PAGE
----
25 Nov 2013

Media - The Black Flag

You need to understand how much I loved 'Sid Meier's Pirates!'. When visiting mates who owned the game, as a young boy I'd hound them to play a bit of the game. Oh I loved it. It wasn't until 2004 when the new remastered version was published that I was able to sit down and dedicate my life to the high seas. I had the game for my PC but for some odd reason my Xbox Live version was the game that got the most love.

I also liked Assassin's Creed. When the game was first being shown I had never seen such movement over terrain before. Add in the historical setting and I was sold to the creed. After playing the first game I was happy with it but it had some issues, issues I would hope they could sort out. Sort out they did in the following four games. AC 2, AC: Brotherhood and AC: Revelations were a great epic tale of my favorite Assassin of the past, Ezio. AC 3 had some great elements to it and I loved the first two acts of the game.

Assassin's Creed 4 is my favorite of the series. It's a score of 5. I have a hard time calling it Assassin's Creed 4 without adding in a Sid Meier's subtitle since it took so much from that game.



The first thing that jumps out at you when you first play the game is the lack of loyalties. Edward Kenway, father/grandfather of the two player characters of Assassin's Creed 3, is neither a Templar or Assassin. The two faction that vie for power and freedom throughout history with the aid of the first civilizations lost relics has been the crux of the story since the first game. This is the first time in the main series that you play someone not affiliated with either side. Edward has his own reasons for being out and about the West Indies and many of those reasons resonate with my current situation. His lack of worthy work and desire to provide really hit home with me as I struggle to find work in my field or look at branching out in new fields that may not pan out. The meta plot set in present time is a odd ball but well done call back to the work done in the previous games. Once you got to exploring the little sandbox with your nameless tester, you appreciate the previous meta plots of past games.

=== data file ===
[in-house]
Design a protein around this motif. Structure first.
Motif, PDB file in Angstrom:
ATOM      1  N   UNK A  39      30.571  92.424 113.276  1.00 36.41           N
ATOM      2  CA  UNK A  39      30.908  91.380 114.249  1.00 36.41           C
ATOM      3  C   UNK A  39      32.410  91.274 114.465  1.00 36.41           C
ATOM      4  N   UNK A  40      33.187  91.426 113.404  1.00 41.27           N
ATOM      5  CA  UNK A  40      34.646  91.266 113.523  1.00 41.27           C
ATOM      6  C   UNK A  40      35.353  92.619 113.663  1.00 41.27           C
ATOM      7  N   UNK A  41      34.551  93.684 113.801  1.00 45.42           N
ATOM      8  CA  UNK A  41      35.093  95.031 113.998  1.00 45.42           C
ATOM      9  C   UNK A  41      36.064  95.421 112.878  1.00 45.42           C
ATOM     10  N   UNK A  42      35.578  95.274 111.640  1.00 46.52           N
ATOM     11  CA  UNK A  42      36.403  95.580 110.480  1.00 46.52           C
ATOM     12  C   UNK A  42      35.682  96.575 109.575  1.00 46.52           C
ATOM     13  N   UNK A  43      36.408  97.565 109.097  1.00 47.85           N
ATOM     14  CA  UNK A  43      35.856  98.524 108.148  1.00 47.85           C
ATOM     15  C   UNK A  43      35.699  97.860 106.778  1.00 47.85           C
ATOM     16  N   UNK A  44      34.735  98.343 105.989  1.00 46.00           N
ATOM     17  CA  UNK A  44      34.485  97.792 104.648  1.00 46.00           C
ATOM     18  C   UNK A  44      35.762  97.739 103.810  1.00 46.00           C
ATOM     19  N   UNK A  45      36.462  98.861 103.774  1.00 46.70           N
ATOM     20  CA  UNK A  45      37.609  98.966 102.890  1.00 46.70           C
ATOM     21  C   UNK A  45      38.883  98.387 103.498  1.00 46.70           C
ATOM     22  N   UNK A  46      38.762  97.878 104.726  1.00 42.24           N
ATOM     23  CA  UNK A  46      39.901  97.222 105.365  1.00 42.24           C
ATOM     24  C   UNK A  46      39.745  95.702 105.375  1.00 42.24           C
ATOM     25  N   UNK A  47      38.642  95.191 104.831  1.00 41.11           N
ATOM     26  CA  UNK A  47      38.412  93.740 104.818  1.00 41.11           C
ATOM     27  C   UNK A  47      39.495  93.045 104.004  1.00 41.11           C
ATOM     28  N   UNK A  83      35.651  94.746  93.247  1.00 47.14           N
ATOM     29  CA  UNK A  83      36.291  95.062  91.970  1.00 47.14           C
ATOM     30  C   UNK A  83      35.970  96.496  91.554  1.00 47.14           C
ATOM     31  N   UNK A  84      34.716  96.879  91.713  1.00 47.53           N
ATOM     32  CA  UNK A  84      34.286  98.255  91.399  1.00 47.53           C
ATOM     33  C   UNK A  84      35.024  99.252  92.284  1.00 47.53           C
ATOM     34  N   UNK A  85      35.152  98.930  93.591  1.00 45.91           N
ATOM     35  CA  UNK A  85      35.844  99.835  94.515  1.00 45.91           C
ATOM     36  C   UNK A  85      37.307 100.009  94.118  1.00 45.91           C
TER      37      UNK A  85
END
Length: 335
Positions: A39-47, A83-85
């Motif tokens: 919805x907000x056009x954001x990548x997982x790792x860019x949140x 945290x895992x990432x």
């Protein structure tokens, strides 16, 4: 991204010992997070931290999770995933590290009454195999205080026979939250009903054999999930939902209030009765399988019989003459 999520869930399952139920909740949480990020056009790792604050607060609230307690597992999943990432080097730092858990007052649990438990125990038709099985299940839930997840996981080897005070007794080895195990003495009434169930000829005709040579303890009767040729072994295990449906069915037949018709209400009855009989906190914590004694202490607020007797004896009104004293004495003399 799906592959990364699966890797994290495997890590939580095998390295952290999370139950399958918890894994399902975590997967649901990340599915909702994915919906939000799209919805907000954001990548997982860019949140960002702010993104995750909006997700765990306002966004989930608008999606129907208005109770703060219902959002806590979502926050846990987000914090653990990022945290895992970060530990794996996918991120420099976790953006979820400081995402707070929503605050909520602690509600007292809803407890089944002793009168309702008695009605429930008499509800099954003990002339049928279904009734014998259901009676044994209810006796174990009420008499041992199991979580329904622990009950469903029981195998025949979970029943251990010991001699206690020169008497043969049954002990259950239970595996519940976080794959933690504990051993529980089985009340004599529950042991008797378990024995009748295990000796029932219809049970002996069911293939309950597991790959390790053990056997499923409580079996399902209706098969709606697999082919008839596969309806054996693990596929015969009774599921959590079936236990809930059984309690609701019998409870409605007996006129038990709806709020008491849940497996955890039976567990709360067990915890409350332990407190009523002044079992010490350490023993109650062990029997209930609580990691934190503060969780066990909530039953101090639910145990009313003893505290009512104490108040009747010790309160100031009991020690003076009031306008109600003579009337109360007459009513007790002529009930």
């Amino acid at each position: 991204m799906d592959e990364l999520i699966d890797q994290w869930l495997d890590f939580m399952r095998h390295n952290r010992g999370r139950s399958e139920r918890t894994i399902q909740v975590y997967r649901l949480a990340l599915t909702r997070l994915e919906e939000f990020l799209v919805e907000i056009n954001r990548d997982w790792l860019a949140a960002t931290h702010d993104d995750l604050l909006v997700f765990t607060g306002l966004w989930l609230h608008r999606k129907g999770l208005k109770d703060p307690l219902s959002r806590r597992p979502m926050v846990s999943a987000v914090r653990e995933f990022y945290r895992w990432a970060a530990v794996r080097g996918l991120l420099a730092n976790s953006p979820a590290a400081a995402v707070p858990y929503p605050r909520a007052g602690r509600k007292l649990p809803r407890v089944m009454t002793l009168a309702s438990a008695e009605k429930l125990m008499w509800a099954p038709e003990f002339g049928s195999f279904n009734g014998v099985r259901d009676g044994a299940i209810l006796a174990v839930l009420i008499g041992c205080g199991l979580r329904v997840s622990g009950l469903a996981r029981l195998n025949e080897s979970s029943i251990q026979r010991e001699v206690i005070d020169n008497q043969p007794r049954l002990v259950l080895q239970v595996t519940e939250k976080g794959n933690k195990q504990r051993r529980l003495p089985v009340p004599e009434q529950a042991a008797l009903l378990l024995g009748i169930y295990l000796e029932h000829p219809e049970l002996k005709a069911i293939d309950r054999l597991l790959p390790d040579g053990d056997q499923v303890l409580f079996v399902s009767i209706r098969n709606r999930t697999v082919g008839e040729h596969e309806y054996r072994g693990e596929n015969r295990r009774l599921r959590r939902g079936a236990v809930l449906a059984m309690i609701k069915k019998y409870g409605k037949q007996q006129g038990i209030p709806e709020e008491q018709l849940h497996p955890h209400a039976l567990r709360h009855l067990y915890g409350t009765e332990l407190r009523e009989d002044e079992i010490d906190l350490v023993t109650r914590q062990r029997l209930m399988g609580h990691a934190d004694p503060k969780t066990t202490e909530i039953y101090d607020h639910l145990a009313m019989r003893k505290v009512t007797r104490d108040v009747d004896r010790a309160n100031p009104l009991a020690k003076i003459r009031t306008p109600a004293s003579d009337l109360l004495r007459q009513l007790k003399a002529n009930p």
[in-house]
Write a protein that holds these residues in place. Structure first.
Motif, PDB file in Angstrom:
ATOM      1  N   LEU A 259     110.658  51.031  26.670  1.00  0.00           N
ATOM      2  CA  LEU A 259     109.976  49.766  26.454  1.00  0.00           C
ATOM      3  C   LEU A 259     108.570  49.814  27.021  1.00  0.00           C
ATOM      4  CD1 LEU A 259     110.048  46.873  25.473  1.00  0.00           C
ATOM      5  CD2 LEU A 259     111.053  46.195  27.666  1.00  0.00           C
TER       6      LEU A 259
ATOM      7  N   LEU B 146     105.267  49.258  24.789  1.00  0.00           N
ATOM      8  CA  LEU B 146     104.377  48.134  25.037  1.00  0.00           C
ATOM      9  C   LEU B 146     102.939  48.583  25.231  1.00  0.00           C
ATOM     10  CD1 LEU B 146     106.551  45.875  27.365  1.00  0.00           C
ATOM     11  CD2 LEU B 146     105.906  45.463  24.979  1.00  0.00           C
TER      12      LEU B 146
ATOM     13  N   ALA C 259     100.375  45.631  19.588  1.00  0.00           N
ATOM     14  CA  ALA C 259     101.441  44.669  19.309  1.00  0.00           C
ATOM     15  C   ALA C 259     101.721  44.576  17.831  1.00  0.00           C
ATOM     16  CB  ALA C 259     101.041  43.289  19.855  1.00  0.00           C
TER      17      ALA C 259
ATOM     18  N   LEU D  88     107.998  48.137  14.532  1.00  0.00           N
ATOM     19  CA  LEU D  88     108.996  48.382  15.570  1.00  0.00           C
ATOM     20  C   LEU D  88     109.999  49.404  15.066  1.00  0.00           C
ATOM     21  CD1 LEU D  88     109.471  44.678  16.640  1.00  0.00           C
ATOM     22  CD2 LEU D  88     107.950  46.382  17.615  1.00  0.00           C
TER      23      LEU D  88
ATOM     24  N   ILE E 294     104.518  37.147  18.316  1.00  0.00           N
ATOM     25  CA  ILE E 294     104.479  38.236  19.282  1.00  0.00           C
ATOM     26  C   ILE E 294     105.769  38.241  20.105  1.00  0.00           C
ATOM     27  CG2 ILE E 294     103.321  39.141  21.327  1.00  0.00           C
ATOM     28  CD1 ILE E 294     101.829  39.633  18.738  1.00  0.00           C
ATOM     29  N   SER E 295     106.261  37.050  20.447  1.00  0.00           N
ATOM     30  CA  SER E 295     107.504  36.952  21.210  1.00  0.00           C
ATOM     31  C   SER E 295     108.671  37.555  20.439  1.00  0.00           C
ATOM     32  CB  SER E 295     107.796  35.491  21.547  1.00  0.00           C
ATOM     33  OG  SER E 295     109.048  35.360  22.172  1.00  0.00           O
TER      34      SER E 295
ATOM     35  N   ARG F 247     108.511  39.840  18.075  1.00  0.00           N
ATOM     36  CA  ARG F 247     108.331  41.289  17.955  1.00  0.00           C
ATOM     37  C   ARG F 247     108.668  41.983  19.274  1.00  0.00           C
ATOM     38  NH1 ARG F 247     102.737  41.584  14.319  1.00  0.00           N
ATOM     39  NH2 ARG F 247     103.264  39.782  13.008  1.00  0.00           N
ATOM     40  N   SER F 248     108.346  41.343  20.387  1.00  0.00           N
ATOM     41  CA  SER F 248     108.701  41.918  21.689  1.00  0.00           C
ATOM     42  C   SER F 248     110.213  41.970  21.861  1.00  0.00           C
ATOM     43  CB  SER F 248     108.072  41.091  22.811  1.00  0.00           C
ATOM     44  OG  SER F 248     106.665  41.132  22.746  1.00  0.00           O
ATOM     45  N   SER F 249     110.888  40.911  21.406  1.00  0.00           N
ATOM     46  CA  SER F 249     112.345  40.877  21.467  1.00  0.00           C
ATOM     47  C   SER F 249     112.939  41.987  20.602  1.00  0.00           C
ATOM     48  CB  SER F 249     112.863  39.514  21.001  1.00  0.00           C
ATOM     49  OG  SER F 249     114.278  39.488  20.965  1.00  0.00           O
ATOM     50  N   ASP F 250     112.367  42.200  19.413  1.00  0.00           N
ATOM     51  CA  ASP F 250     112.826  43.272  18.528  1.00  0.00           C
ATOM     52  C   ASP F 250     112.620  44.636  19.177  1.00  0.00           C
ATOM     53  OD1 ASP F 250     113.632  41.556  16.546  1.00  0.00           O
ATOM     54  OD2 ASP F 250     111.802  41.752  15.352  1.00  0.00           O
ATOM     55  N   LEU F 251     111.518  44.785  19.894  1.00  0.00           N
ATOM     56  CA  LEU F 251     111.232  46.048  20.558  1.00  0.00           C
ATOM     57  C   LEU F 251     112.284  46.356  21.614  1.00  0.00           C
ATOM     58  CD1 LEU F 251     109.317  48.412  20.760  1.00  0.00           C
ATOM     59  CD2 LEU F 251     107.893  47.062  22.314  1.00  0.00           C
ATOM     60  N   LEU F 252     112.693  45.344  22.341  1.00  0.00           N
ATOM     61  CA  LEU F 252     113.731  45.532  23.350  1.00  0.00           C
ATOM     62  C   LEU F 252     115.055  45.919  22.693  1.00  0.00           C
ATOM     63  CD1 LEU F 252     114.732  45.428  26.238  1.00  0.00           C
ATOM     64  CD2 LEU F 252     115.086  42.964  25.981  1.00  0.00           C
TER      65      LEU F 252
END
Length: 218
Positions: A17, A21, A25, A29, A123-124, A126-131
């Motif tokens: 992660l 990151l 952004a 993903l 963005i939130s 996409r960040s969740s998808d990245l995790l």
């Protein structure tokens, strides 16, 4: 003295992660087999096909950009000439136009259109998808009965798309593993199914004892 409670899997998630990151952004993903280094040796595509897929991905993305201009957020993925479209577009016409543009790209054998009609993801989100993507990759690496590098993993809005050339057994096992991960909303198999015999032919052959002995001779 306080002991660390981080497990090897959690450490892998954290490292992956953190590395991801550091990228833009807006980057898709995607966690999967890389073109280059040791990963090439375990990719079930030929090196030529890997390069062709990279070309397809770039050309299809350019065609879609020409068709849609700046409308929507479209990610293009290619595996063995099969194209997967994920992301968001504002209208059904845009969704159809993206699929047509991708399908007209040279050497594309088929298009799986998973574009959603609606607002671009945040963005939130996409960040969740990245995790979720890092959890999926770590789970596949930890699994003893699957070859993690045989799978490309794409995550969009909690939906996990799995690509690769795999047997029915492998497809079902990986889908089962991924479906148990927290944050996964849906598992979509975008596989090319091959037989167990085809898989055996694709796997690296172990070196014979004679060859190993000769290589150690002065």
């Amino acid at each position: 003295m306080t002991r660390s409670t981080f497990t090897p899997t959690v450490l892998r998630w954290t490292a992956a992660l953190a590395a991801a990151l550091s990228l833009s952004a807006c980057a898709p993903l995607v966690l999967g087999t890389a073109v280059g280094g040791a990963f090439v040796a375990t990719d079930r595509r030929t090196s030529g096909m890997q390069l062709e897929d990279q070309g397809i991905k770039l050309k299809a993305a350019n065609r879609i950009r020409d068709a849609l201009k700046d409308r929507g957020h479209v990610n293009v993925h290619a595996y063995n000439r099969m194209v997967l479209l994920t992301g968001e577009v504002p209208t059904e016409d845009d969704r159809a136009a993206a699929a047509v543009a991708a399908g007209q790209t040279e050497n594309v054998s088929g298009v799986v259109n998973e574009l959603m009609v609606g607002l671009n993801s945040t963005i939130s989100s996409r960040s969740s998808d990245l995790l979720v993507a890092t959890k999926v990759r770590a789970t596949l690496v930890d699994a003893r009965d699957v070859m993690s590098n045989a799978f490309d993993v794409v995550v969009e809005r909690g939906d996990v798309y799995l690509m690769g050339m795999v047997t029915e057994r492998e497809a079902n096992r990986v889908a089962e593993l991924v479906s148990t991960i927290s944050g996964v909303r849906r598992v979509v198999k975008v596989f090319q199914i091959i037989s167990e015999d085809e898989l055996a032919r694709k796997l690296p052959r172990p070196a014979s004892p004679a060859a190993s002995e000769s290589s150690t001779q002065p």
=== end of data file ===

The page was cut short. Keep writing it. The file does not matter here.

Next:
Movement in the franchise is key. The games have been getting better each time. Assassin's Creed 3 was the best of the movers until this iteration. The natural terrain is brilliant and Edward can really move in the jungle. The previous games already mastered the building jumping and roof running and the folks at Ubisoft did not ruin the work of the past. Moving about the ships took some getting used to and I admit I was pretty dumb until the last act of the game when I spent a good few hours just raiding the West Indies for materials and money. Moving about the rigging and launching myself from place to place aboard the ships is about navigating the maze of ropes and beams instead of looking for the quickest route to where you need to go. Not doing so will lead to Edward falling off and if you land on the deck of the ship rather the cool waters of the Caribbean ending in much pain and my frustrating game overs.

Stealth in the series has never been a strong suite. Mark of the Ninja, Dishonoured, and Splinter Cell do stealth much better. Assassin's Creed had you mostly staying out of your opponents view and melding in crowds or blending in with the folks at rest. Stealth makes it real debut in the franchise with this latest game. I love moving from hiding spot to hiding spot getting the drop on guards. I love luring them in for a quick kill and spending whole missions never getting seen by my opponents. I gives that same level of power over the enemies that the Batman: Arkham series gives when Batman is working a room full of guards.